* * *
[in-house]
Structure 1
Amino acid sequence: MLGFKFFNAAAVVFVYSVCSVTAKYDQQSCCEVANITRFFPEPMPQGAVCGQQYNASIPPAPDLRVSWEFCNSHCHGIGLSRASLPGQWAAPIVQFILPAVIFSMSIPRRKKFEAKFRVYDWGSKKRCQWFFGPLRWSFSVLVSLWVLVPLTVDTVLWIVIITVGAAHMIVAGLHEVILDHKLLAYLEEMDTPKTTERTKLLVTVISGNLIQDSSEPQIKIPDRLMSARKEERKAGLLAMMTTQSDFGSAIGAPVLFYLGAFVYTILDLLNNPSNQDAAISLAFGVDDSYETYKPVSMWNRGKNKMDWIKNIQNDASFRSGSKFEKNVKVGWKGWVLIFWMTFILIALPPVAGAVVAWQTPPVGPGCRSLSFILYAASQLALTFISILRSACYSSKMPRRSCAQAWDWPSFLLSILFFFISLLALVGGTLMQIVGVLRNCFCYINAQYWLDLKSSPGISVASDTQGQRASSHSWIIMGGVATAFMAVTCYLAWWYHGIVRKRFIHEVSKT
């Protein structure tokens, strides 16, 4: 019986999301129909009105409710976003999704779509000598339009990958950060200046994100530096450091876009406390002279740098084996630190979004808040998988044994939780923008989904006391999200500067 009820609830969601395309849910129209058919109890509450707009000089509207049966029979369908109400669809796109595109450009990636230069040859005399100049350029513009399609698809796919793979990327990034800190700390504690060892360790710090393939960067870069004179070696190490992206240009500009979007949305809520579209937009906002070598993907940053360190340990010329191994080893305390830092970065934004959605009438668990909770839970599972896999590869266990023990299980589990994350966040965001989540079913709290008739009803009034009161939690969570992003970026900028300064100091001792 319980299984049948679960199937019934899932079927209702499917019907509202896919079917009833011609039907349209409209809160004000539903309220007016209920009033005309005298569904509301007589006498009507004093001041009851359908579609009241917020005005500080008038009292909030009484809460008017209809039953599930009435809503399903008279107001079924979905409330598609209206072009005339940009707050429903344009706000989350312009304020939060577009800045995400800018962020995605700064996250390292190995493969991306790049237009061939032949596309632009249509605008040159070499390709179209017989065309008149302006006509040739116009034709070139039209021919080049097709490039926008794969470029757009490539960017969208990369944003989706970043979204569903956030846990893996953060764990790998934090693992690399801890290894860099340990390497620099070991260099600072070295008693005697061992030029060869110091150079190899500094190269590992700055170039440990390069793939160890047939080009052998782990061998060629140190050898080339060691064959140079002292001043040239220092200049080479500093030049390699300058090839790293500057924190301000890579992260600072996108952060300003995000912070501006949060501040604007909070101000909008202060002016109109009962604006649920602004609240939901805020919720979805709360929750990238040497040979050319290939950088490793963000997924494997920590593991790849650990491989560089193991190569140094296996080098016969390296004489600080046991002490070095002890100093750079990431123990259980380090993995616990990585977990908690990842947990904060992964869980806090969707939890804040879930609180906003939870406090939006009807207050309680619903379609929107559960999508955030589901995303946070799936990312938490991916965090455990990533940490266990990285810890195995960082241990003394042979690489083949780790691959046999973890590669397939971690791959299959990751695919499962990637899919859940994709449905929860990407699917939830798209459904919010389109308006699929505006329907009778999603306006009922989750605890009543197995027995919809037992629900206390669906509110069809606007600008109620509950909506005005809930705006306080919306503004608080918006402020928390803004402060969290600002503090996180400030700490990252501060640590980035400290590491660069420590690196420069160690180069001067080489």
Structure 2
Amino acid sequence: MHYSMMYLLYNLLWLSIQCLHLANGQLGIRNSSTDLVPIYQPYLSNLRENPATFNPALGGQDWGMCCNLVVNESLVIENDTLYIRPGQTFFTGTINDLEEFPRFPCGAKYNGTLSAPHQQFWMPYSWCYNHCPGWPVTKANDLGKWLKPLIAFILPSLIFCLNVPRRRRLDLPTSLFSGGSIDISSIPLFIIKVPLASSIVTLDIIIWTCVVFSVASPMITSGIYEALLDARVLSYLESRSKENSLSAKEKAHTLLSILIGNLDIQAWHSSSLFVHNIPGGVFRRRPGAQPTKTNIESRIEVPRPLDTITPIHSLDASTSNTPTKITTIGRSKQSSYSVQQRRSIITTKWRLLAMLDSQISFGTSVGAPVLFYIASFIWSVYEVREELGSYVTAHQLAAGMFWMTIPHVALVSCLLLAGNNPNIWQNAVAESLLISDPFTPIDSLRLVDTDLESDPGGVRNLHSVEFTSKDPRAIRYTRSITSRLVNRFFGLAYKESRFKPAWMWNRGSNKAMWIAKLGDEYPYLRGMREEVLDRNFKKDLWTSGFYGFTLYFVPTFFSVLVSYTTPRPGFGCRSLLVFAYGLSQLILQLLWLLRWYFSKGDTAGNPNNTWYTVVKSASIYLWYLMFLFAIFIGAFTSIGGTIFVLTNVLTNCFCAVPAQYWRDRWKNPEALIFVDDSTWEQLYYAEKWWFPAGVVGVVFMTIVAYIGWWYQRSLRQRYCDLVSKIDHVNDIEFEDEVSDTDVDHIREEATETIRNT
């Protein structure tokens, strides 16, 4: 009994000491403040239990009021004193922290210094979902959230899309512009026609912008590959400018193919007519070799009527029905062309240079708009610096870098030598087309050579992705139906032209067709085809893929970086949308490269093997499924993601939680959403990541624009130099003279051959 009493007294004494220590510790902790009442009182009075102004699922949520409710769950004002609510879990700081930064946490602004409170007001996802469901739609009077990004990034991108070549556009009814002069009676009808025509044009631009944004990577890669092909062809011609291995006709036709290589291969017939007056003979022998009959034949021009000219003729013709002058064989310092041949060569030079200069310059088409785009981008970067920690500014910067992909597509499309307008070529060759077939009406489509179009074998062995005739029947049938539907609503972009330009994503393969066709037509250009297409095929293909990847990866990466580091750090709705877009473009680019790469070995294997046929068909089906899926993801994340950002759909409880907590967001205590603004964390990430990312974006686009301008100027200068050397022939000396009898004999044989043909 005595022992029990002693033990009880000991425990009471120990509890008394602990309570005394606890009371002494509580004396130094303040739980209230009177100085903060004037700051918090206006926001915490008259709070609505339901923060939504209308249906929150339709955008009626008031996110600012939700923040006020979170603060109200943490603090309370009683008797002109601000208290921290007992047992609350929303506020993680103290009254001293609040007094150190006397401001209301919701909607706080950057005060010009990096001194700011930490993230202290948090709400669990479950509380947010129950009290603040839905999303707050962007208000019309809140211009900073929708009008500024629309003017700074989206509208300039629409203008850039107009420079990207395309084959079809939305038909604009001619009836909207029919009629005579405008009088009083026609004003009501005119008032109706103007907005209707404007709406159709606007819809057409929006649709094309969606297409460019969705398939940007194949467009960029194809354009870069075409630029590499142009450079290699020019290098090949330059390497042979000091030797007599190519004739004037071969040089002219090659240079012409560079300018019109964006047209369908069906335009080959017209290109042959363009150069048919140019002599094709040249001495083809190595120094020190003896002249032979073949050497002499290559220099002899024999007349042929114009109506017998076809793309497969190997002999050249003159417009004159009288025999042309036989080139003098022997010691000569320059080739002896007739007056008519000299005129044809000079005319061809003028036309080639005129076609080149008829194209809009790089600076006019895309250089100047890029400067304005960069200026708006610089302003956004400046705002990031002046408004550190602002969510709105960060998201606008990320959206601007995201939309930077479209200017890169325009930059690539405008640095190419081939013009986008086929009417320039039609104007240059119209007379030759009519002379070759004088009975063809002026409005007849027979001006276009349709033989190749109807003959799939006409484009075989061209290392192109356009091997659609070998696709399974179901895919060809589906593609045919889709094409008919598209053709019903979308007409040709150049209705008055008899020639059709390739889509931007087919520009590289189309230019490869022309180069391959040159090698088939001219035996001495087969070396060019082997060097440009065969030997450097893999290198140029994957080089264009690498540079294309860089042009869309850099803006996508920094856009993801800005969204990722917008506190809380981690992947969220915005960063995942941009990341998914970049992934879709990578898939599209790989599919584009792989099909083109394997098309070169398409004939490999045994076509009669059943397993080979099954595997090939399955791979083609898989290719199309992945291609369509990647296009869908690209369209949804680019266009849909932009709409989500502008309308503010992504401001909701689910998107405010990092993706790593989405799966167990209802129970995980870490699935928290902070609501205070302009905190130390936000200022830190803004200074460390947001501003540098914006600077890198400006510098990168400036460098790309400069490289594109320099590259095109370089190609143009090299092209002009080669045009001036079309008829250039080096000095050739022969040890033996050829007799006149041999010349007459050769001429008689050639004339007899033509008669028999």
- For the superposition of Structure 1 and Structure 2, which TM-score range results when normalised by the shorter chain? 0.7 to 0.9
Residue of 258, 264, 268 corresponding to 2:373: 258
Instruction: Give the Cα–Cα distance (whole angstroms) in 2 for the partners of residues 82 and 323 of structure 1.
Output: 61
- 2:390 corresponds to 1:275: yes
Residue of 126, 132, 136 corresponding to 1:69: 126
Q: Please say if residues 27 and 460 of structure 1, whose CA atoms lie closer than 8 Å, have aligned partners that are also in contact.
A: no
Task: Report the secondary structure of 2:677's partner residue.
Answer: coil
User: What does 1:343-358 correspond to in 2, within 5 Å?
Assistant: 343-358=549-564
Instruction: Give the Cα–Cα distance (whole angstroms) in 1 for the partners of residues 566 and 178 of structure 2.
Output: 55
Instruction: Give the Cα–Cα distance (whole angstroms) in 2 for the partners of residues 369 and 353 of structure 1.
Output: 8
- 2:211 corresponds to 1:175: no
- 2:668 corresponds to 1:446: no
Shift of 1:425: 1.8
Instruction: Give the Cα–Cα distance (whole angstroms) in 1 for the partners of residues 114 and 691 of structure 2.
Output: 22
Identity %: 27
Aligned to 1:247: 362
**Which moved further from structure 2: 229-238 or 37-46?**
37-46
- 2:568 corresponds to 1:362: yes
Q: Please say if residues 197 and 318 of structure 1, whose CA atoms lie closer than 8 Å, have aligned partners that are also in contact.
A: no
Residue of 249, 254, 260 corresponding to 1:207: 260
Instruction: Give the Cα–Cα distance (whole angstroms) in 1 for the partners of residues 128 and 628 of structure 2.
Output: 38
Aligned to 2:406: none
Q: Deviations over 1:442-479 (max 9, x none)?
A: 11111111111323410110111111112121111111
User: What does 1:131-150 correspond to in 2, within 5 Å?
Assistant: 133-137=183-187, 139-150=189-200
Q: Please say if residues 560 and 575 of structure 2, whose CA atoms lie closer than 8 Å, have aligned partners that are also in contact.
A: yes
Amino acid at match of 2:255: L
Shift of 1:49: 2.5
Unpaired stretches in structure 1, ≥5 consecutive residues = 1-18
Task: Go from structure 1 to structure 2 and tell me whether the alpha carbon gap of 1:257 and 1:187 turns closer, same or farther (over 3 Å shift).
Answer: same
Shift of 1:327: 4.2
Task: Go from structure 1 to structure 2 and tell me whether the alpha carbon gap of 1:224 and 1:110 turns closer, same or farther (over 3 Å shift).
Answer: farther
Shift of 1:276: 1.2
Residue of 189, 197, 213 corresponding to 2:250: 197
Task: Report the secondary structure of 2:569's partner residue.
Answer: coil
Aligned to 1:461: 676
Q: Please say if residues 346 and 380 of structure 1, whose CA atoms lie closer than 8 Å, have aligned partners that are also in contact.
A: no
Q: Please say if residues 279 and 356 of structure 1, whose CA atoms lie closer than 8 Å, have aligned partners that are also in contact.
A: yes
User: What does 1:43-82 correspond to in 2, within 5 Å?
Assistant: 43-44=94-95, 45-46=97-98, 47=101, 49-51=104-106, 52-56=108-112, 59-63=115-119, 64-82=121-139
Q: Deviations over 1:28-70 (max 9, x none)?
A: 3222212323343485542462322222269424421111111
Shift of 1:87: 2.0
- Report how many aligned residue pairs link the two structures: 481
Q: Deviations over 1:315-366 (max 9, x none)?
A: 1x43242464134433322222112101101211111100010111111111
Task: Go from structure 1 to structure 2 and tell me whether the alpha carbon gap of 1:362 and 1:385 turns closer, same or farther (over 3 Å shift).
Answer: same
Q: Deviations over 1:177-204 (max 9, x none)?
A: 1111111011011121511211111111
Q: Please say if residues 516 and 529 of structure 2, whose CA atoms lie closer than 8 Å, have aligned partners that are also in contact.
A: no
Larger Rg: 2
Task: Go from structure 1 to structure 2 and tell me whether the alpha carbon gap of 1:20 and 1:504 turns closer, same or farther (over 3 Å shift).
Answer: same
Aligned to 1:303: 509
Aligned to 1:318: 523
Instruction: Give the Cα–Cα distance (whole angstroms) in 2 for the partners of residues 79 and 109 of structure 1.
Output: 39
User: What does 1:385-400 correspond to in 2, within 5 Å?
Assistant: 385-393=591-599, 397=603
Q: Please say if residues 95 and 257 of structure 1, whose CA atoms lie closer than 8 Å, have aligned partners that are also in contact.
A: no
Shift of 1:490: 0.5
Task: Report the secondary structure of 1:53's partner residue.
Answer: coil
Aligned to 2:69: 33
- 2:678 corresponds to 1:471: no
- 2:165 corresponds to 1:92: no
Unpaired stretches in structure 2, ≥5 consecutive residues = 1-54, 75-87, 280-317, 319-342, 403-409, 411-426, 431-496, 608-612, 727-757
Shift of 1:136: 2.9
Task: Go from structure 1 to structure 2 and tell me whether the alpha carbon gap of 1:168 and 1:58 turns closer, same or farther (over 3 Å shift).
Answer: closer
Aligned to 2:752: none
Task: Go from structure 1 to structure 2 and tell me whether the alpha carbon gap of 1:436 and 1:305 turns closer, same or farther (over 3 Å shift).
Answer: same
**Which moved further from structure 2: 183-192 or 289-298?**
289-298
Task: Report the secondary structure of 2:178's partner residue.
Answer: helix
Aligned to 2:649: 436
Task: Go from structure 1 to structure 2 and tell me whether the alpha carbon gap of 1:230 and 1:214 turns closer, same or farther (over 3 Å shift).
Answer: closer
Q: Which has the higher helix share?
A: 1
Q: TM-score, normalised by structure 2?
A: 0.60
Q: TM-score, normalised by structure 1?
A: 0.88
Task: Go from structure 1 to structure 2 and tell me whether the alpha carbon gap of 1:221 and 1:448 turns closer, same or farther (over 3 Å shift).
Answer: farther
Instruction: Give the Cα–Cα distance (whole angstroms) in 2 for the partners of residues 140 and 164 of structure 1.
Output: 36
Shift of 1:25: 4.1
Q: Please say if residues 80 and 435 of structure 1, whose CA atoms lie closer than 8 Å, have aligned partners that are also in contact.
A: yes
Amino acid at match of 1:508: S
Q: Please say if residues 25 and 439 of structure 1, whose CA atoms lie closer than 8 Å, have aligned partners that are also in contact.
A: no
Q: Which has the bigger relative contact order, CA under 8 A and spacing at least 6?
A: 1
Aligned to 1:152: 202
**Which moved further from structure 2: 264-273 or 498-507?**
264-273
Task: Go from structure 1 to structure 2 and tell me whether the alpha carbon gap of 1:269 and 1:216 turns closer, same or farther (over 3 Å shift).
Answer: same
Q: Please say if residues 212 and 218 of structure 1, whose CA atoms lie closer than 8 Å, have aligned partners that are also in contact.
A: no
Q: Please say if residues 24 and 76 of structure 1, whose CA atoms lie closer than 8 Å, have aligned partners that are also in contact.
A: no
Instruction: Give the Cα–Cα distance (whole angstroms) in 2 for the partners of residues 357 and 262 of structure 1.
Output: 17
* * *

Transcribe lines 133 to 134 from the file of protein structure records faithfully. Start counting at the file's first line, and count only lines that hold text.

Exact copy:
Q: Please say if residues 24 and 76 of structure 1, whose CA atoms lie closer than 8 Å, have aligned partners that are also in contact.
A: no